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45 The Green, Aberdeen

A Category C Listed Building in Aberdeen, Aberdeen

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Latitude: 57.1459 / 57°8'45"N

Longitude: -2.0986 / 2°5'55"W

OS Eastings: 394129

OS Northings: 806114

OS Grid: NJ941061

Mapcode National: GBR SCC.XT

Mapcode Global: WH9QQ.QNV8

Plus Code: 9C9V4WW2+9G

Entry Name: 45 The Green, Aberdeen

Listing Name: 39 the Green and 2 and 4 Carmelite Street

Listing Date: 8 February 1989

Category: C

Source: Historic Scotland

Source ID: 355816

Historic Scotland Designation Reference: LB20665

Building Class: Cultural

Location: Aberdeen

County: Aberdeen

Town: Aberdeen

Electoral Ward: George St/Harbour

Traditional County: Aberdeenshire

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Early 19th century. 3-storey, 3 x 3-bay piended corner tenement building with shop to ground, returning to Carmelite Street (E elevation) (altered frontage, 2006). Coursed granite, rubble to Martin's Lane (W). Principal (N) elevation with regular fenestration and shop to ground floor with central entrance flanked by plateglass windows. Some infilled openings to ground at E. Late 20th century dormers.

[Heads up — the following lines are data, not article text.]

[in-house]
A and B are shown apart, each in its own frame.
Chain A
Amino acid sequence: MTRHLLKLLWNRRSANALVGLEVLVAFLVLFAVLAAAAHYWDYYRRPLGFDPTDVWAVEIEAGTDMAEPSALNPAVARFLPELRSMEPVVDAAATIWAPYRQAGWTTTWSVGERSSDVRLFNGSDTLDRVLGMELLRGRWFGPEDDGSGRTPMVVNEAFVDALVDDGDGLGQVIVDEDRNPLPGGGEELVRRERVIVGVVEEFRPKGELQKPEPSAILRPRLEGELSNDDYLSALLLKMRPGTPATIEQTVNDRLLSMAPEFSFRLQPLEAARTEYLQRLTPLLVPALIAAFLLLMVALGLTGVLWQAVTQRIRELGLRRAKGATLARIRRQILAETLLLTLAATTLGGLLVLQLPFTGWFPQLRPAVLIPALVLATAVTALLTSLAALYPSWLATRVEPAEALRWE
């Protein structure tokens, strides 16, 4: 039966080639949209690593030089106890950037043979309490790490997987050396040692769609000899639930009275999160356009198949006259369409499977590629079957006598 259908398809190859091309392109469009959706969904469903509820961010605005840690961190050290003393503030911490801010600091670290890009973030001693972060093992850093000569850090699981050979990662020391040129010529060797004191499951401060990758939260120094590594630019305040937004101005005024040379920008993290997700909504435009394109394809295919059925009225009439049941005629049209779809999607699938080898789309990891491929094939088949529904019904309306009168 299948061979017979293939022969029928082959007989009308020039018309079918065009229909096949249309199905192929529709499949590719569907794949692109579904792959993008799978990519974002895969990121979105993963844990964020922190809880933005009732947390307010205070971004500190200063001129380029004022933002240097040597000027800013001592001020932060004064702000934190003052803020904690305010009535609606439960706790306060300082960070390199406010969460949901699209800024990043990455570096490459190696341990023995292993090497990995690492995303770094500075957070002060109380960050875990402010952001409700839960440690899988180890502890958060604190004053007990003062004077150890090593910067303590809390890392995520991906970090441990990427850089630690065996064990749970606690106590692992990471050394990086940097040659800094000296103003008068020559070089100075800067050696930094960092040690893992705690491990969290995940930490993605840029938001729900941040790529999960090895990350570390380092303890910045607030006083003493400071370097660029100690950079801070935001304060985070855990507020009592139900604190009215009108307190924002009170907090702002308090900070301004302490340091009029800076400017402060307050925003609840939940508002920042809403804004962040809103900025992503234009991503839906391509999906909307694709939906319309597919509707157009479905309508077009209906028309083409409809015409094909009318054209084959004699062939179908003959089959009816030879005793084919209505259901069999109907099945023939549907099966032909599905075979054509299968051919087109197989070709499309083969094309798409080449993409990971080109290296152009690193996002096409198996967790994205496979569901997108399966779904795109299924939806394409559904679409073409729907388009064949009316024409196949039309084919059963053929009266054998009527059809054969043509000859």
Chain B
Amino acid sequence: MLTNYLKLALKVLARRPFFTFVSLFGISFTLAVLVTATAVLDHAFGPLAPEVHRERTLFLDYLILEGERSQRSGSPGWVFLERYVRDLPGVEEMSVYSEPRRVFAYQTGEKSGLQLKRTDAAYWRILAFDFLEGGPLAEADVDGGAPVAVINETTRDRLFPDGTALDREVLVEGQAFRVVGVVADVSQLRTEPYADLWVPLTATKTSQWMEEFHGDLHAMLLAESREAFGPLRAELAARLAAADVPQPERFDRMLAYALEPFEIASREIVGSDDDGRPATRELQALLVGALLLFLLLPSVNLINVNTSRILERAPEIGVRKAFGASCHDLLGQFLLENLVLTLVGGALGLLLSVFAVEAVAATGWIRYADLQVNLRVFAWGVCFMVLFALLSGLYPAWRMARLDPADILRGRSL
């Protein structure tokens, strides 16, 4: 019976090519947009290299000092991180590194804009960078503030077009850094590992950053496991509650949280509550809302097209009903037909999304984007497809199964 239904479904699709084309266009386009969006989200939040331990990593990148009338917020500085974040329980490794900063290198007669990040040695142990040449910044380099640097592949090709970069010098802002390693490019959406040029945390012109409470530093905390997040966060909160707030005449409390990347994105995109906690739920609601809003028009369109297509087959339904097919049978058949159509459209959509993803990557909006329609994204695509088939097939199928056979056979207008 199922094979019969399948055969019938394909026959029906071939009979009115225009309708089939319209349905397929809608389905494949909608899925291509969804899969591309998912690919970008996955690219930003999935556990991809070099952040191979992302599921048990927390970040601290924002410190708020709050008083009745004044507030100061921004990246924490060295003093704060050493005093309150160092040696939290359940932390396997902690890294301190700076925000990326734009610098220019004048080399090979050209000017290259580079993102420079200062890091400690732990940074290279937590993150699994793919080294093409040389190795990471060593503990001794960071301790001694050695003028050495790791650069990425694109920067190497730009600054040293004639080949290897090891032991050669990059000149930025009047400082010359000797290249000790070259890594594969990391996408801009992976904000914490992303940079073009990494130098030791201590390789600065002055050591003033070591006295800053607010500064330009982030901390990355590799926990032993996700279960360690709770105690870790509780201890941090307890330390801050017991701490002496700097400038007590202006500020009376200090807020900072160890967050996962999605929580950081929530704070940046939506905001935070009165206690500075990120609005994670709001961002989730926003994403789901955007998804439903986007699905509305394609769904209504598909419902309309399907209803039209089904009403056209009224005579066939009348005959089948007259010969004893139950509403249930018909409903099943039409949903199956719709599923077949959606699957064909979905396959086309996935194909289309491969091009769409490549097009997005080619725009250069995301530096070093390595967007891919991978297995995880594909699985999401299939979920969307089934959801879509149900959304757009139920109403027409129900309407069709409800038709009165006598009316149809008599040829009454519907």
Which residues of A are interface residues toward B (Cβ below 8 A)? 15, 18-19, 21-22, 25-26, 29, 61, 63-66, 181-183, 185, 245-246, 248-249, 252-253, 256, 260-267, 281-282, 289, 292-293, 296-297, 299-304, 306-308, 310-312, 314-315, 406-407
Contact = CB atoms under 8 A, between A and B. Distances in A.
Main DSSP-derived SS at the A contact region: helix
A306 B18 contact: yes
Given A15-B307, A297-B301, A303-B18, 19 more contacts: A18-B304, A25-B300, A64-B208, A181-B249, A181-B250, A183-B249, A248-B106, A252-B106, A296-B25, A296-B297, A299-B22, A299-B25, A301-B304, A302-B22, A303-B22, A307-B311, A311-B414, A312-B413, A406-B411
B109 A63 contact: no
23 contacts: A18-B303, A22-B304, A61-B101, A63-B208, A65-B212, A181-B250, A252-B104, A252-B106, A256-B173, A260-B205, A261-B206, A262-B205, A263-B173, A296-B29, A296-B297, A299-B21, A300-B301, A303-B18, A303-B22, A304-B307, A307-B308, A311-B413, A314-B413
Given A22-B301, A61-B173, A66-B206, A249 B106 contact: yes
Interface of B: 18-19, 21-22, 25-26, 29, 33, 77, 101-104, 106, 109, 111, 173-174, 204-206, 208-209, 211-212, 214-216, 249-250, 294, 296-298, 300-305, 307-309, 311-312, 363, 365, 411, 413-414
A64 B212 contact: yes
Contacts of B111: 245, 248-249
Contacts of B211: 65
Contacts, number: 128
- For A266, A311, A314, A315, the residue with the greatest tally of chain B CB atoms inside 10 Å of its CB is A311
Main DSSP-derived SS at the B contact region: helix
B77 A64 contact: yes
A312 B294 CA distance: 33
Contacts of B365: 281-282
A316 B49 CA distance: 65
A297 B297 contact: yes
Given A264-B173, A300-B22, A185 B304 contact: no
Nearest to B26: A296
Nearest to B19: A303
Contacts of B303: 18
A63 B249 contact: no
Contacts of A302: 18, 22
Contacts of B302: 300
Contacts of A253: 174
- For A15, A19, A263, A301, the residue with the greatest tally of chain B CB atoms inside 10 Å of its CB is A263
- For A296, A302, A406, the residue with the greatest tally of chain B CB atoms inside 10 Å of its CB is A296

Predominantly 12-pane timber sash and case windows. Grey slate. Coped wallhead stack to E.

Statement of Interest

39 The Green follows the classical Aberdeen tradition with its simple careful proportions. It is an unusual survivor in this area and its corner site makes it a prominent part of the streetscape. Piended roofs on domestic buildings are unusual in this part of Aberdeen where gabled roofs are more common.

The Green is one of the oldest areas in Aberdeen. It was part of the original entranceway into the city of Aberdeen and became celebrated from the sixteenth century as an open-air market venue. The area became increasingly built up in the nineteenth century with rising numbers of residents, traders and industries. With the formation and construction of Union Street to the North during the nineteenth century, the importance of The Green diminished. It was no longer part of the entranceway into the city and the tall buildings of Union Street had rear entrances at the level of The Green and their height overshadowed the area. This building is typical of the early nineteenth century buildings that were established here.

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